Fans of the London Weekend Television Poirot series may be surprised by this adaptation of the first of the novels. While ingredients familiar from the rest of the series are here, the feel is rather different, probably because the story is set in 1917. The Art Deco backgrounds that are a hallmark of the rest of the series are missing. We are treated instead to the dark, cluttered luxury of an English country estate, improbably well appointed for war time, as a familiar cast of suspects move in and out of the ample shadows.
The episode is a little unusual in the central role played by Hastings, and even more unusual in its concentration on character. Most of the LWT Poirot adaptations focus on the puzzle, garnish it with playful character touches, lush backgrounds, and superb cinematography. This segment, probably because it is establishing the relationship between Poirot, Hastings and Japp (in a relatively modest role), spends more time on the interaction between people. As a result, the pace of the segment is also slower than most, perhaps also in an attempt to convey the feel of a vanished way of life.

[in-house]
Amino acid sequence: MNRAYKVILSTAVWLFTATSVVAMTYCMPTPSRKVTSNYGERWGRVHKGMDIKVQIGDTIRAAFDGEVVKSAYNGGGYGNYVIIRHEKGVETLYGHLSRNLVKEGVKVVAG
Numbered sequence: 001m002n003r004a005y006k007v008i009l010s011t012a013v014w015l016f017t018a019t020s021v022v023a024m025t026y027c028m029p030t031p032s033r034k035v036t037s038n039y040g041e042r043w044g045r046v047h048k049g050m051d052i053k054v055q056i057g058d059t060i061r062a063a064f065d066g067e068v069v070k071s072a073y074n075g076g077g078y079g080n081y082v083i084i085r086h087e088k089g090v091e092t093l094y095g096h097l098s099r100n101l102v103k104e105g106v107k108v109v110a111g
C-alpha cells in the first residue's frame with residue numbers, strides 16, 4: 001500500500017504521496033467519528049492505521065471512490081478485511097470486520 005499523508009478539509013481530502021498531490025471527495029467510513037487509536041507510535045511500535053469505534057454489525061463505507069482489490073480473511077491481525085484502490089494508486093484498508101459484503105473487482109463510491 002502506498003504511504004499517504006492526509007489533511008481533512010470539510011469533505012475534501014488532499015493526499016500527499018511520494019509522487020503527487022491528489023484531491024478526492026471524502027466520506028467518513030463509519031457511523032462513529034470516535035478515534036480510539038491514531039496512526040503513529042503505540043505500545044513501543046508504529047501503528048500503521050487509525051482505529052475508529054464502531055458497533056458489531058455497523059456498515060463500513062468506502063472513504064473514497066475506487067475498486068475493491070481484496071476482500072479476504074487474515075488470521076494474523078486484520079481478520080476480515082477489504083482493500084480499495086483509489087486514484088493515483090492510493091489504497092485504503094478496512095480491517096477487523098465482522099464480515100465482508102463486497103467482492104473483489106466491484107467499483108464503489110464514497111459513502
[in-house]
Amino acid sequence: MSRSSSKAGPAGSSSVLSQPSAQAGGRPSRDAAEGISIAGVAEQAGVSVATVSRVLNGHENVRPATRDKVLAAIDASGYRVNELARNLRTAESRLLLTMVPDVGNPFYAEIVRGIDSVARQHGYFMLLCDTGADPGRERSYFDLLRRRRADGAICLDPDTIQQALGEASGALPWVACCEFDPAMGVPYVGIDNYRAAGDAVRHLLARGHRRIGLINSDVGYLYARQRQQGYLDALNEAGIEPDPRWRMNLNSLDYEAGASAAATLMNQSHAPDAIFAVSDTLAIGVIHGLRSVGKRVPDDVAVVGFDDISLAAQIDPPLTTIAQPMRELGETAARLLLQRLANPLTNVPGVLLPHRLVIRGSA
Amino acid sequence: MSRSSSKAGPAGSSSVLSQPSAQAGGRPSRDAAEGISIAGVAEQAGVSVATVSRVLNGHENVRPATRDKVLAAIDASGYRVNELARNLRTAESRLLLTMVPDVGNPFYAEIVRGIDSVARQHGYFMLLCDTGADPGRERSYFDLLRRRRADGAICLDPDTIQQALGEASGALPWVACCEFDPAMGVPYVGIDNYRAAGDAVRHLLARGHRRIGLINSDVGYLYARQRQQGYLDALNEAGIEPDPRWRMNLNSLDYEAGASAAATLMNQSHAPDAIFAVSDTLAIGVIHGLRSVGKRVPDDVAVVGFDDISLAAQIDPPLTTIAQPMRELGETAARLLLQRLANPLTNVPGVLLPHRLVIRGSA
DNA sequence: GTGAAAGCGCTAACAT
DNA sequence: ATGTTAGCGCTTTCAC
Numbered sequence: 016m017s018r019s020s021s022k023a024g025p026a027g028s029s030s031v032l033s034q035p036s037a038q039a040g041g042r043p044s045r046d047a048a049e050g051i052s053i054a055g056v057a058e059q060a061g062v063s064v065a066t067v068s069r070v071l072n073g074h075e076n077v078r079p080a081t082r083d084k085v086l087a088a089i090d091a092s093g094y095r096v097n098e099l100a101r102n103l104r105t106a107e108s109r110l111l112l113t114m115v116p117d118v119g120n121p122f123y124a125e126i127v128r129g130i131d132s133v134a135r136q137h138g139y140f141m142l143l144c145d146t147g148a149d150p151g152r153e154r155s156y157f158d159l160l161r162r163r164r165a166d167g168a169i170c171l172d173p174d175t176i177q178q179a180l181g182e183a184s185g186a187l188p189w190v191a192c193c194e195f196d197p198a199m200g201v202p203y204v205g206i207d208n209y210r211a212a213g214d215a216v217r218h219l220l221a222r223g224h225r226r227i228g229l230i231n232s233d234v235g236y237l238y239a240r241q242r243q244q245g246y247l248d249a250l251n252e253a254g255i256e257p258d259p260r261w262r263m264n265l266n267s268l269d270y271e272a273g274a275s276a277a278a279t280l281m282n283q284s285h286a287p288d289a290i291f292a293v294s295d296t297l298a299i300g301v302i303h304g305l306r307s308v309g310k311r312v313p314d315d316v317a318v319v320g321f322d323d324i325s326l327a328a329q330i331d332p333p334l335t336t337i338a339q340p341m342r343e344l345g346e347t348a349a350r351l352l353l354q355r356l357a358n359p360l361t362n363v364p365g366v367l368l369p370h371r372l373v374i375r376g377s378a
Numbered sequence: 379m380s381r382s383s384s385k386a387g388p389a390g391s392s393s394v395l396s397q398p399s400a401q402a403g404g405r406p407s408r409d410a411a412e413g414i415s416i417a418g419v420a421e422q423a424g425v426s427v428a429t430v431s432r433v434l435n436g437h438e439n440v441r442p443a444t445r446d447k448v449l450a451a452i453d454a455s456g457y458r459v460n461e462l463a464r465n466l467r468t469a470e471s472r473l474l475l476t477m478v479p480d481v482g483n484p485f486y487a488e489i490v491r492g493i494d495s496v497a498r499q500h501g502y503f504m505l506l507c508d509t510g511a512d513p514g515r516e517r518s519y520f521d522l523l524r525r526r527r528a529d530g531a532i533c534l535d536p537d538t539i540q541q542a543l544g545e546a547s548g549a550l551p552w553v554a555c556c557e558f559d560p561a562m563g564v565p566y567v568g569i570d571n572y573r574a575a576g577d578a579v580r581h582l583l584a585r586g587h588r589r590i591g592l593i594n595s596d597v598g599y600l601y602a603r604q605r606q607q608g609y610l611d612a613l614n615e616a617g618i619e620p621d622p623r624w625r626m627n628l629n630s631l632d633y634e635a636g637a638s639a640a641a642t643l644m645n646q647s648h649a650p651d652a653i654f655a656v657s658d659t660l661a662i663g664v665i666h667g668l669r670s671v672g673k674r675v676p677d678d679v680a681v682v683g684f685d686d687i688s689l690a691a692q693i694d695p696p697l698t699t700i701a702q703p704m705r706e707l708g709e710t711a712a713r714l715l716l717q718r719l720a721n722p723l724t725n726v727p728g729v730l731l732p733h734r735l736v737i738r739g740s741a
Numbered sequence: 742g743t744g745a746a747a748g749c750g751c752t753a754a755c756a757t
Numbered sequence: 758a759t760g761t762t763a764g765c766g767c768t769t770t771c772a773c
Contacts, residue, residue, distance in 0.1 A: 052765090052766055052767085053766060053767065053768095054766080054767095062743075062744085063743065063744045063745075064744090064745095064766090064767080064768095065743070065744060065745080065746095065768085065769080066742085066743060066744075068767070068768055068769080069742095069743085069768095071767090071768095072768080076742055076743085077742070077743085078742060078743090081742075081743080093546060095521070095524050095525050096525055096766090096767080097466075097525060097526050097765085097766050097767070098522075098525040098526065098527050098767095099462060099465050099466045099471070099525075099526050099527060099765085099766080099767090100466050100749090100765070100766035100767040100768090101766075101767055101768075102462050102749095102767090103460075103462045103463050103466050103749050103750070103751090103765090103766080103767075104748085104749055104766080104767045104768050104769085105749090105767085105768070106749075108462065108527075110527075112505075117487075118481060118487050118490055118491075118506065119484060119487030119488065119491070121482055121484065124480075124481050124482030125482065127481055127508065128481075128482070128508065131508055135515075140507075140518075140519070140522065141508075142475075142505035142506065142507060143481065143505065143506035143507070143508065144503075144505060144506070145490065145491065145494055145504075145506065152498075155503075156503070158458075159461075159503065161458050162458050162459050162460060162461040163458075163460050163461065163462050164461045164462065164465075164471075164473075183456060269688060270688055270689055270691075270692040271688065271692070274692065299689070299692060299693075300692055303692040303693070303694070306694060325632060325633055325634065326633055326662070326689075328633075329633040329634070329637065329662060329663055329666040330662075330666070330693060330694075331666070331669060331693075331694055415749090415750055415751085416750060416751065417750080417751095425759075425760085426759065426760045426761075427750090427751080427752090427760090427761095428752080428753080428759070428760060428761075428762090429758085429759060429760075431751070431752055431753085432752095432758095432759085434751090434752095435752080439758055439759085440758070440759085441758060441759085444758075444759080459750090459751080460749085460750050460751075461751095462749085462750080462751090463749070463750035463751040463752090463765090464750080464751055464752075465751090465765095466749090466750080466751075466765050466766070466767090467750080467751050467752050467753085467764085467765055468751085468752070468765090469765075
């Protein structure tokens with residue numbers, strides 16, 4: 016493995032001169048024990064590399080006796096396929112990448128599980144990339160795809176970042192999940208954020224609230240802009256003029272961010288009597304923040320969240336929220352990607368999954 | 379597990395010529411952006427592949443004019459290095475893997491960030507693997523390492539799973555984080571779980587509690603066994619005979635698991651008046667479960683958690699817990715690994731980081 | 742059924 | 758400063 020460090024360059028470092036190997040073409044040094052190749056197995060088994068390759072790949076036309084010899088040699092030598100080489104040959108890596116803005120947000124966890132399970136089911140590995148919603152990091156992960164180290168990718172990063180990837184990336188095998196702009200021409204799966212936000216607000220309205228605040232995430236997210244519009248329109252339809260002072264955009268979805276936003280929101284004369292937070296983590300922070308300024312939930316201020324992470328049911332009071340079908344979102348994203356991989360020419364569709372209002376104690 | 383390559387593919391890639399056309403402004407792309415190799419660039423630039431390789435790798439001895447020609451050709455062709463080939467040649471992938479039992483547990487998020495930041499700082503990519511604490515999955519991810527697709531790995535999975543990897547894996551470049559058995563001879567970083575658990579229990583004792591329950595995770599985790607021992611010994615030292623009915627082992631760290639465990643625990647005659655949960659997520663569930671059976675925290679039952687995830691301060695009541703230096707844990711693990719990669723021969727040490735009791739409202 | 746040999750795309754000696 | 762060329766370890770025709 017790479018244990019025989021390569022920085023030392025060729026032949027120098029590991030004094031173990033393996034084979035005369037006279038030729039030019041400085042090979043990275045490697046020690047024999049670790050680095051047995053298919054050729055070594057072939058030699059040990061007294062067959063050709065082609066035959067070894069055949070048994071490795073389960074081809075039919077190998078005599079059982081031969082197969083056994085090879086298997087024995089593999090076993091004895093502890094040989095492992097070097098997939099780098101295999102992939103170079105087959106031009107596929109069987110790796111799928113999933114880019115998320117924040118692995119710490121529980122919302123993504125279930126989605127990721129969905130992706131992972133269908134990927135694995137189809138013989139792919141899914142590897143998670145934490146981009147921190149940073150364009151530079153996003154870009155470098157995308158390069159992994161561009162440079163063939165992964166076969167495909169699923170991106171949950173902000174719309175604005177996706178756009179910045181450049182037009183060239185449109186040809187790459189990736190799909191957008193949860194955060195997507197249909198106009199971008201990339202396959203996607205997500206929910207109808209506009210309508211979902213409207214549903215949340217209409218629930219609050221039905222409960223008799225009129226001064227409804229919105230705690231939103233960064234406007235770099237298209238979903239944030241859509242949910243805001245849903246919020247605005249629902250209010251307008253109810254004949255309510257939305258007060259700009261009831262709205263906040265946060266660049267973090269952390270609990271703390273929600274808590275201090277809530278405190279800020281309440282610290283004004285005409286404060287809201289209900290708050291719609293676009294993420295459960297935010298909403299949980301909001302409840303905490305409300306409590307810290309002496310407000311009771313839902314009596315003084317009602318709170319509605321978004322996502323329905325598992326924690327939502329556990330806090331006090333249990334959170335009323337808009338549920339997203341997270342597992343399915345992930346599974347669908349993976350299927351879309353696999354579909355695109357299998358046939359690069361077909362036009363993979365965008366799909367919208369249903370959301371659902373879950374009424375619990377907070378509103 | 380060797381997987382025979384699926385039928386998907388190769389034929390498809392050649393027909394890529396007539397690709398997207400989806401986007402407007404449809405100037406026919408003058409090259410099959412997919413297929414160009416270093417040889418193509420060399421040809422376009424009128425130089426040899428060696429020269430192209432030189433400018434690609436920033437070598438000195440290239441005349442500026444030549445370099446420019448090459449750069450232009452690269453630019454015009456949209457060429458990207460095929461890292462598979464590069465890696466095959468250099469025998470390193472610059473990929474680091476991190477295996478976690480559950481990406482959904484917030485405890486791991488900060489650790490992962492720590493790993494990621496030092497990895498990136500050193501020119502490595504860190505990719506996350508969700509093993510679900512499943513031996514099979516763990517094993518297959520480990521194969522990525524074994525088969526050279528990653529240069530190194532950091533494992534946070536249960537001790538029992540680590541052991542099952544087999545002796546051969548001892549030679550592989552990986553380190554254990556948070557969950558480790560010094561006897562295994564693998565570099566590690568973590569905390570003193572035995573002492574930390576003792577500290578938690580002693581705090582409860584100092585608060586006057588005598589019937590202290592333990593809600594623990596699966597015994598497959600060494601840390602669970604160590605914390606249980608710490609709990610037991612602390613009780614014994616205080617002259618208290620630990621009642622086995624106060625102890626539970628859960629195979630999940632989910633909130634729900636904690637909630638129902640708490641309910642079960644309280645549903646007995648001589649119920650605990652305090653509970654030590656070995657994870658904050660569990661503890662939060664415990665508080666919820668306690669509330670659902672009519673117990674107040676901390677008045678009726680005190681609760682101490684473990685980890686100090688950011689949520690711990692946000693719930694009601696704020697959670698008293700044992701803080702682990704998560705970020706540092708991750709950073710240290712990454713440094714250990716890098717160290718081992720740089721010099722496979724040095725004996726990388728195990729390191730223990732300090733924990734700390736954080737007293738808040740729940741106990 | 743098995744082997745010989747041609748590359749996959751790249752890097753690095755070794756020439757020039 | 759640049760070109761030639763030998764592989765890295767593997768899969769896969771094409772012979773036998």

The episode is a particularly beautiful example from a series that specialized in gorgeous period evocations, with ample response to lush green landscapes, the creeping darkness of an early summer evening, or the harsh light slipping through the blinds of a shuttered room. The Moderne look of the thirties episodes here gives way to a slightly seedy Edwardianism, obviously past its prime, but still holding on to remembered glories. (One of the nicest touches is that the victim, an elderly matriarch, dresses in a manner more appropriate to some fifteen years earlier.) Even the graphic design of the credits has been changed, substituting a more traditional serif font for the curvilinear, Plaza type used in the other episodes.
In short, if you can imagine one of the better English "Heritage Films" of the past few years crossed with the forward movement of a Christie detective story, you have a good sense of what to expect from "The Mysterious Affair at Styles." Somewhat atypical for the series, it is also one of the most subtly atmospheric episodes.